Bodø/Glimt, the super soccer team from the North

Bloody hell, we’ll get it done!

Bodø/Glimt

Photo: Mats Torbergsen / NTB
YELLOW HORDE: At each Bodø/Glimt game, a mass of yellow bands together: “Bloody hell, we’ll get it done—We’re the super team from the North!”

Michael Kleiner
Business & Sports Editor
The Norwegian American

Such is the nature of success. As of May 5, Bodø/Glimt (glimt.no) led Eliteserien with a 5-1-0 (wins-ties-losses) record for 16 points and outscored opponents 13-2, up two points on Brann, three on Molde. Yet, they were struggling, particularly at home, Aspmyra Stadium.

On May 5, they needed a 74th-minute goal by Håkon Evjen and clutch save by goalie Nakita Haikin in stoppage time for a 1-0 win over Strømsgodset before 5,961 fans at the 8,270-seat Aspmyra.

Earlier in the week, the Yellows had lost to the other yellows, Lillestrøm, 4-2, in a home Norwegian Cup match. The NC loss eliminated Bodø/Glimt from title contention.

There is still a long season for this club that has turned history, geography and Eliteserien upside down over the last several years. Soccer at Bodø/Glimt began in 1916 but took until 2020 to win an Eliteserien championship. They were the first championship club from northern Norway. They didn’t just win it, they dominated so thoroughly that it caught the attention of The New York Times: 26 wins, 3 draws, 1 loss, 81 points (19 better than Molde), 103 goals scored, 32 conceded. Danes Philip Zinckernagel and Kasper Junker led the potent offense.

This followed a silver finish in 2019 (15-9-6, 54 pts, 64-34 goal scored-conceded)

Bodø/Glimt was not satisfied with being a one-and-done champion. They repeated the next year (18-9-3-63 pts, 59-25). In 2022, Molde won its last 17 games and won gold, but the Yellows took silver (18-6-6-60 pts, 86-41) and were back on top last year (22-4-4-70 pts, 78-38). Since 2019, B/G has won 104 games (avg 17.3), tied 32 (5.3),  lost 20 (3.3), 344 pts (57.3), goal differential of 385 (36.9).

The era of success is remarkable on many levels. One reason has to be the hiring of coach Kjetil Knutsen, 55, in 2017. The players have bought into his system and culture. The mission statement has a clear vision:

We must create pride
Spring’s way
We see opportunities, we develop,
We focus on performance.
We do it as a team.
We are brave and challenging.
We do not want to copy,
We do it our way

There is some continuity. It’s a very Scandinavian team: 23 Norwegians, four Danes, one Russian, one Czech Republic, one Slovenia. Five are on the Norway national team: MF Patrick Berg, 26, joined in 2014 and has played for Lens (France); D Omar Elabdellaoui, 32, who joined B/G in 2023, after playing in Greece, Turkey, England, and Germany;  D Brice Wembangomo, 27, who started wearing yellow in 2022; D Brede Moe, 32, who signed in 2017 after playing for Rosenborg, and F Jens Petter Hauge, 24, who came to Bodø in 2017, and has also played in Germany, Belgium, and Italy.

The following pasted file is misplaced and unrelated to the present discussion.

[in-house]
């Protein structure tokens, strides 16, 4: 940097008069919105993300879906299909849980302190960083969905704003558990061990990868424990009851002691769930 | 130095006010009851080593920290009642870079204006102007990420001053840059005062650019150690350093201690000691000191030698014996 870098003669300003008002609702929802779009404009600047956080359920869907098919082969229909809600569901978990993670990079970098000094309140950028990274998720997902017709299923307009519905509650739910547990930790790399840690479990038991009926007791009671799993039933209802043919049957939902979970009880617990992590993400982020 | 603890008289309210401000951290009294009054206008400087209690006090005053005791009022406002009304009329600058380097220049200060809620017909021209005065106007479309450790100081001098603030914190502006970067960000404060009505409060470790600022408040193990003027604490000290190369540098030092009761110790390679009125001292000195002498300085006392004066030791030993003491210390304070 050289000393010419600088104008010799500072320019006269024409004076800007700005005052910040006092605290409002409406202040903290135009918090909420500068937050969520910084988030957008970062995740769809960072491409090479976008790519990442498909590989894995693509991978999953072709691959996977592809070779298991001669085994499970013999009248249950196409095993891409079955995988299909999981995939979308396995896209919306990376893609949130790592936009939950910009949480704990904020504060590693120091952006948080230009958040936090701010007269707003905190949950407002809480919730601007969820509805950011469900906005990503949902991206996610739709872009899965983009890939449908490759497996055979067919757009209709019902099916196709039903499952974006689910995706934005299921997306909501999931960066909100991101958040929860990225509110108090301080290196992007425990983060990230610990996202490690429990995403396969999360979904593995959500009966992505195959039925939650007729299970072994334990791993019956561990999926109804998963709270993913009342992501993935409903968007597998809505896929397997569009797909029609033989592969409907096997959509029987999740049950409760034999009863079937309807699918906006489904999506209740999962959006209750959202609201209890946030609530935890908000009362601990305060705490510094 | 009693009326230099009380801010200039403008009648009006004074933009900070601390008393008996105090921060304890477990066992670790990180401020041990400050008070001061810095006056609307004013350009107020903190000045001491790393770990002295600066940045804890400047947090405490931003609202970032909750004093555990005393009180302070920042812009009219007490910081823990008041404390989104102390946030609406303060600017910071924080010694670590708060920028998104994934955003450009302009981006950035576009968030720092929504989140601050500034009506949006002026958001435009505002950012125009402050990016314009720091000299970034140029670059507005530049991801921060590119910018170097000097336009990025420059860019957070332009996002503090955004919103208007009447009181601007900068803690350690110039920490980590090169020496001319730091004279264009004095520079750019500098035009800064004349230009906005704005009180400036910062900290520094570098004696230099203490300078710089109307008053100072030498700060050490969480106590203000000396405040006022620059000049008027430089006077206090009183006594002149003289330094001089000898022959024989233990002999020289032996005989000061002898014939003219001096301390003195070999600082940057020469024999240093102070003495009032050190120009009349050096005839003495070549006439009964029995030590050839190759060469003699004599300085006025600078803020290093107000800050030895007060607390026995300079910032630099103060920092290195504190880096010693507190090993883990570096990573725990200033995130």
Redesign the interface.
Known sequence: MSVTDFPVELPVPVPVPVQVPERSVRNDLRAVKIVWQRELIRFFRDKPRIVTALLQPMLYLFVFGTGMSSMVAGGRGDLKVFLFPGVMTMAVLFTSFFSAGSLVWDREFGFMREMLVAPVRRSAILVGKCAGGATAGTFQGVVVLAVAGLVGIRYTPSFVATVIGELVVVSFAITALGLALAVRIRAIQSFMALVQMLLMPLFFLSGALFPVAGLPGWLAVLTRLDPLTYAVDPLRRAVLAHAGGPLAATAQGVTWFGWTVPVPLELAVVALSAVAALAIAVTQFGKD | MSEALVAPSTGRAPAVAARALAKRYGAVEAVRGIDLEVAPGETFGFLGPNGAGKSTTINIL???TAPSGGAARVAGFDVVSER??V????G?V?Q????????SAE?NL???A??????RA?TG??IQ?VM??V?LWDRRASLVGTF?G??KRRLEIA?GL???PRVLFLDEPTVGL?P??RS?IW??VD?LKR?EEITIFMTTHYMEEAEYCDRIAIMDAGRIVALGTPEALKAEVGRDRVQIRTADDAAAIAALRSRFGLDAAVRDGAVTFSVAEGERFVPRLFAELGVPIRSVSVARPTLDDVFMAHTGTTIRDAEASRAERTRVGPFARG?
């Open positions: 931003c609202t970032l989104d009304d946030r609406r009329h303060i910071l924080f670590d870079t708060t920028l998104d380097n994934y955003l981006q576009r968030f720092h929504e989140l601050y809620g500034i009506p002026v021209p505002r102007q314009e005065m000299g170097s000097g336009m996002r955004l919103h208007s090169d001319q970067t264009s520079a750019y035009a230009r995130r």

MF Fredrik André Bjørkan, 25, who was injured against  Strømsgodset, has been part of B/G since 2016; MF Ulrik Saltnes, 31, since 2011 at 19. Newcomer MF Evjen, 24, previously played in Denmark and Netherlands; keeper Haikim, 28, is Russian, and joined B/G in 2022-23; Dane F Kasper Høgh, 23, played in Denmark’s Super League and Stabæk in Eliteserien.

And then there are the great family legacies. Patrick Berg’s grandfather is Harald Berg, and his uncle is Runar Berg. Both Harald and Runar previously played for B/G. Patrick’s father, Ørjan Berg, previously played for Rosenborg.

In soccer, success is also measured by where players transfer. Amahl Pellegrino, who broke Zinckernagel’s scoring record last year, is with San Jose in MLS.

Recent B/G success was preceded by some rough times. In 2018, they finished 11th (6-14-10-32, 32-35) and in 2017, they were relegated in the 1st Division. Since 1998, B/G has spent seven seasons in 1st Division. In the 14 seasons in Tippeligaen/Eliteserien between 1998-2018, B/G’s average finish was  10th; the record was 122 (8.7)-97 (6.9)-165 (11.8), 463 pts (33.1), 564-651 (-87 GD, avg -6.2).

With three championships in four years, they recaptured the hearts of the Bodø fans, if the devotion ever waned. Participation in the supporters’ club has increased. Like most stadiums an area is dedicated for the supporter’s club, who stand and sing during matches. Children younger than 16 are admitted free with special rows designated for them and their families, or inexpensive options for children should parents want to ensure seating availability. There are special rates for those aged 17-30.

“Everyone is welcome to stand and sing Glimt,” says Kristoffer Grorud of the supporters group on the B/G website. “We see that more people are coming back, so the impression is that they have had good experiences with us there. They sing, they wave flags and contribute as the 12th man with the rest of us, and with the same feelings. Supporter culture is not something that is built overnight, and the earlier you get a relationship with it, the better. We wish everyone a pleasant experience on the field, and all contributions to cheer on the super team are most welcome!”